Ultimately, Touch of Evil nothing more than a standard crime caper with a healthy dose of exploitative elements thrown in for good measure (Janet Leigh appears in various states of undress throughout the film, for example). However, it distinguishes itself from the pack thanks to an abundance of stylistic excess. The film is defined by the sort of over the top, overtly cinematic technique that Welles was known for. This becomes evident right from start, as the opening sequence is the very definition of an exercise in style, but one that nevertheless manages to set up the world of the film in an economical and altogether organic manner.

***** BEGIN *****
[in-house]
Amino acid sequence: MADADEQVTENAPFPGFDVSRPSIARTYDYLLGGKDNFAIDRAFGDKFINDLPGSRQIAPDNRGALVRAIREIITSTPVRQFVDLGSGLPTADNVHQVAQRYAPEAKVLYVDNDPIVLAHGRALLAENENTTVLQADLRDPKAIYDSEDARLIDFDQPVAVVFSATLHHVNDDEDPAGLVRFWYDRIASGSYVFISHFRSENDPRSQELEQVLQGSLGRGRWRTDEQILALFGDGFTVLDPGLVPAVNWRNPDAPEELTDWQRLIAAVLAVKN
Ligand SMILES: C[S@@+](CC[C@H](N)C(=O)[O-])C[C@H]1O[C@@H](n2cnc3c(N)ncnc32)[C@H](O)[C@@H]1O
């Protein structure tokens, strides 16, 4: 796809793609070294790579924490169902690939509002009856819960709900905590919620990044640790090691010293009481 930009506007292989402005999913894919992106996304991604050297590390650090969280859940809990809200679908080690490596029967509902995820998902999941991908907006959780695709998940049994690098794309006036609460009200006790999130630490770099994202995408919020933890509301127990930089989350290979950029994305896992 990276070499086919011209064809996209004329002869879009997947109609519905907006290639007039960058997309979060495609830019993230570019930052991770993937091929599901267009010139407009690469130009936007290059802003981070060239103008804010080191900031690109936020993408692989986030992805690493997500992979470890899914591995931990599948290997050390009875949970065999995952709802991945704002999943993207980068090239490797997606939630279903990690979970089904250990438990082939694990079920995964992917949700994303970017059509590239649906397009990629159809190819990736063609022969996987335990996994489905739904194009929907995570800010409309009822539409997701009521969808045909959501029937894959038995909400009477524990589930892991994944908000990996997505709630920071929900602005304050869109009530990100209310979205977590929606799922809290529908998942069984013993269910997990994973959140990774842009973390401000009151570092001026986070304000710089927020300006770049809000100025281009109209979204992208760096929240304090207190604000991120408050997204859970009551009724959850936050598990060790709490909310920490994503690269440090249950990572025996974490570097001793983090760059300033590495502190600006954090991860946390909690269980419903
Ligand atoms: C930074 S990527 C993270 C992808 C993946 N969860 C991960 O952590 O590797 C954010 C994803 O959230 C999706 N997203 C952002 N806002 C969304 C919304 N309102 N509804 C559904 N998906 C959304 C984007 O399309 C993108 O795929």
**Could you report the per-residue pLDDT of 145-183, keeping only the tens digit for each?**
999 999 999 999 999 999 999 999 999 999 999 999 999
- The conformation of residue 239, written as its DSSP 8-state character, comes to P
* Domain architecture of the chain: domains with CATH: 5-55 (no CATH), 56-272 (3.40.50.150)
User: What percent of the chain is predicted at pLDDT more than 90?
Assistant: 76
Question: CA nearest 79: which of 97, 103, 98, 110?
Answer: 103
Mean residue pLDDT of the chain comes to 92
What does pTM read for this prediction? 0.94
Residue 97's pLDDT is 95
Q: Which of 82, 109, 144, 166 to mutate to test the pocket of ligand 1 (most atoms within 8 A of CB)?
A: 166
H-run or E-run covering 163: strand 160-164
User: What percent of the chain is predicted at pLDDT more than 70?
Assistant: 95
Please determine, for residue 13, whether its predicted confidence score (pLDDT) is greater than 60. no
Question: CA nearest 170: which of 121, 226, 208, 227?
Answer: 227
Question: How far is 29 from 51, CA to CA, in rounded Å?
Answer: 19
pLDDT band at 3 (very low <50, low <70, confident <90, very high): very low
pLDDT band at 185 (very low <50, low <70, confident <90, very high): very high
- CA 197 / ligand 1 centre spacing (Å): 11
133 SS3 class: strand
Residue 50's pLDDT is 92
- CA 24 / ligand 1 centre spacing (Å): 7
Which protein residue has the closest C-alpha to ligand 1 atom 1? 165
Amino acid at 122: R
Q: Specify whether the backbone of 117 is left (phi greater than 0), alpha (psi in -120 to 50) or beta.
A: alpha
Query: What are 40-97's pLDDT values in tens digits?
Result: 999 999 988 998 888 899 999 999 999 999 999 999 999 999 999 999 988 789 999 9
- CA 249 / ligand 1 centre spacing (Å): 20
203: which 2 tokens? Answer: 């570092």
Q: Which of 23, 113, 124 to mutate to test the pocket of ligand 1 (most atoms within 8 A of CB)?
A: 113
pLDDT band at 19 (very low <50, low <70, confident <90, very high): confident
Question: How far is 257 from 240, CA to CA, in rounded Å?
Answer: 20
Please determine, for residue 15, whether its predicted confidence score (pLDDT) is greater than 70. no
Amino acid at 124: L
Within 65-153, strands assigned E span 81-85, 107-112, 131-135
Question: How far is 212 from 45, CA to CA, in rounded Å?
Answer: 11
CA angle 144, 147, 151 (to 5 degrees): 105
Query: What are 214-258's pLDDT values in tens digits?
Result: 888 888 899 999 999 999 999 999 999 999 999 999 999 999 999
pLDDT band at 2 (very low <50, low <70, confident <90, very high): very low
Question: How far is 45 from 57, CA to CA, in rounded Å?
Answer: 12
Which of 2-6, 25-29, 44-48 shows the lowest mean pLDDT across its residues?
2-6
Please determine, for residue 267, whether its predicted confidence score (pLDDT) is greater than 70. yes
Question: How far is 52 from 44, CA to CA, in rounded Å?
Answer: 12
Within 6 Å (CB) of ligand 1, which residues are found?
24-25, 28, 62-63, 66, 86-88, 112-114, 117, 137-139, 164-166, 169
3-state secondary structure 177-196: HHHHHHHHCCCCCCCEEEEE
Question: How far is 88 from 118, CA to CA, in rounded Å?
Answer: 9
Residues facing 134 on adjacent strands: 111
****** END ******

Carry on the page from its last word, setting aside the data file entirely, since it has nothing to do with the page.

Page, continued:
The film opens with a burst of bombastic and ominous music, which fades out along with the Universal logo. As the film fades back in, we hear jazzy bongo drums, and see a close up on an obviously homemade explosive device, complete with egg timer and batteries. A hand belonging to an unidentified individual comes into the frame and sets the timer. We hear a woman’s laughter, and the camera pans over to reveal a woman and a man in the distance. The man with the bomb notices the couple, and at that moment we notice that the music we are hearing is actually diegetic, that it exists in the world of the film. The man with bomb runs off camera, and we see his shadow thrown up on the wall. The camera tracks to the right and catches up with the man, who crouches behind a car and sets the bomb in the trunk. The couple we saw earlier gets in the car and drives off, as the camera, obviously set up on a crane, floats high above the scene and reveals the town where this is all taking place, and the music switches to a jaunty but generic rock and roll tune. The camera follows the car out of the parking lot and out onto the street, where it floats back down to street level. More of the town is revealed, and we learn that it is a bustling place that has elements of both the United States and Mexico. The doomed car slowly makes its way up the street, occasionally stopped by traffic cops who wave through cars coming from different directions, or ensuring the safety of the many pedestrians. That’s when we see two pedestrians, a handsome man and an attractive young woman, hurrying across the street, and the camera moves its focus to them. The music changes again, and we realize the rock song we heard earlier was coming from the radio in the car, which has been left behind at the intersection. We follow the pedestrians to the border crossing, where we learn that one of them is a police officer named Vargas, and the woman is his new bride, Susan. They are allowed to pass, just as the doomed car rolls up to the crossing. The woman in the car is complaining about a strange ticking noise, but everyone ignores her. The car drives away, and the camera lingers on Vargas and his wife, who move in to kiss one another. However, their tender moment is interrupted by the sound of an explosion, and for the first time since the film opened, a cut whisks us away from the young lovers and shows us the car as it is engulfed in flames.